Supporting Communication between People with Social Orientation Impairments Using Affective Computing Technologies: Rethinking the Autism Spectrum
A disability is a physical or mental impairment that has an adverse long-term impact on someone’s ability to carry out normal day-to-day activities. This is often thought of in terms of medical conditions with clearly defined symptoms. This chapter, however, argues that it is these symptoms that can be considered to be the impairments and that in the right environment can in fact be advantageous. Someone may be have a medical diagnosis but not be symptomatic due to medication, for instance. In this chapter, a set of symptoms is made up from a number of different scales, called Social-Behavioural Traits (SBTs), which are affected by a person’s Serotonergic-Dopamagenic Asynchronicity (SDA). This chapter discusses the role of affective computing in achieving harmony between people with various personality differences, including a model for explaining how technology can influence SDA and SBTs for the better.
Trolling Is Not Just a Art. It Is an Science: The Role of Automated Affective Content Screening in Regulating Digital Media and Reducing Risk of Trauma
This chapter seeks to explore the role media content ratings play in the age of “Internet trolling” and other electronic media issues like “sexting.” Using ANOVA to validate a four-factor approach to media ratings based on maturity, the chapter finds the ability of a person to withstand various media content, measured in “knol,” which is the brain’s capacity to process information, can be used to calculate media ratings. The study concludes it is feasible to have brain-computer interfaces for PCs and kiosks to test the maturity of vulnerable persons and recommend to parents/guardians or cinema managers whether or not to allow someone access to the content they wish to consume. This could mean that computer software could be programmed to automatically censor content that person is likely to be distressed or grossly offended by. Public policy issues relating to these supply-side interventions are discussed.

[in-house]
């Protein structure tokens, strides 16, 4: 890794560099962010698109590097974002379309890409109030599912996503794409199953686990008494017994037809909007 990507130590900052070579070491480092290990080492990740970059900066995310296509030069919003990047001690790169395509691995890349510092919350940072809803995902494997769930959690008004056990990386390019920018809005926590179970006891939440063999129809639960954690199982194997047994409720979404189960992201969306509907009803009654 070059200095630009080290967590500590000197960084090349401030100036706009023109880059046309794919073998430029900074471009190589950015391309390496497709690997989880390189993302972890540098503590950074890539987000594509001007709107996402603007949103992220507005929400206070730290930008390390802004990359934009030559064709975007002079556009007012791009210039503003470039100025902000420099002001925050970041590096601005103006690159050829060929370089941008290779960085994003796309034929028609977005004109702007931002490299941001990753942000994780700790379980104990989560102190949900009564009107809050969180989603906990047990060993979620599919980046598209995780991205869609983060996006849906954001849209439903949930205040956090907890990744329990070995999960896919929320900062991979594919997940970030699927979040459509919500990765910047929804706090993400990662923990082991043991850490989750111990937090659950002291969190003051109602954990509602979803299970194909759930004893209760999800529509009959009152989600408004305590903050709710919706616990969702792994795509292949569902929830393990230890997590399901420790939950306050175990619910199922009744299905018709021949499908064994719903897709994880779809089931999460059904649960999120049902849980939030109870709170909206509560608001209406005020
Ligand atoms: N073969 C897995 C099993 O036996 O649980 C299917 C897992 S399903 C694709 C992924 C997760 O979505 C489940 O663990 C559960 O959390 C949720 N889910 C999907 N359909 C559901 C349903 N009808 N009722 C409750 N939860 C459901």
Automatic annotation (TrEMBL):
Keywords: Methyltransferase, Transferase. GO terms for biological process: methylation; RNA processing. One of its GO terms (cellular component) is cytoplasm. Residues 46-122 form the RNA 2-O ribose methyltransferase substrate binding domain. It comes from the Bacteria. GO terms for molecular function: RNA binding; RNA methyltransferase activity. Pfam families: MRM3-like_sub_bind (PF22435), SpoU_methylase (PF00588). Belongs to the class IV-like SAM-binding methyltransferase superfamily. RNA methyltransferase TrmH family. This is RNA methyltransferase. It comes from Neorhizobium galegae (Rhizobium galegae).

The empathic psychopathy in public life: Towards an understanding of ‘autism’ and ’empathism’ and ‘dopaminergic-serotonergic asynchronicity’
So-called ‘autism’ is a generally well understood condition yet it is claimed has no known cure, is best dealt with through “early intervention,” and to many is deserving of pity. This poster shows an aetiology of ‘autism’ and what can be called ’empathism’ as being caused by ‘dopaminergic-serotonergic asynchronicity’ that results in ‘autistic’ functions of the brain and ‘empathic’ ones being used unequally, with one being more predominant than the other. The poster argues that those who overuse the ‘empathic’ parts of the brain suffer from ‘empathism’ which impairs their relationship skills as much as social skills are impaired in people with ‘autism,’ who overuse the ‘autistic’ parts of their brain. The poster concludes by discussing how the researcher’s advancements in affective computing could be used to assist people with the symptoms of obsessive compulsive and narcissistic disorders that result from the mental dependence to an imbalance in serotonin and dopamine activity in the brain. The poster displays two diagrams linking these together, including the relationship between autism and empathism with regards to other so-called personality disorders.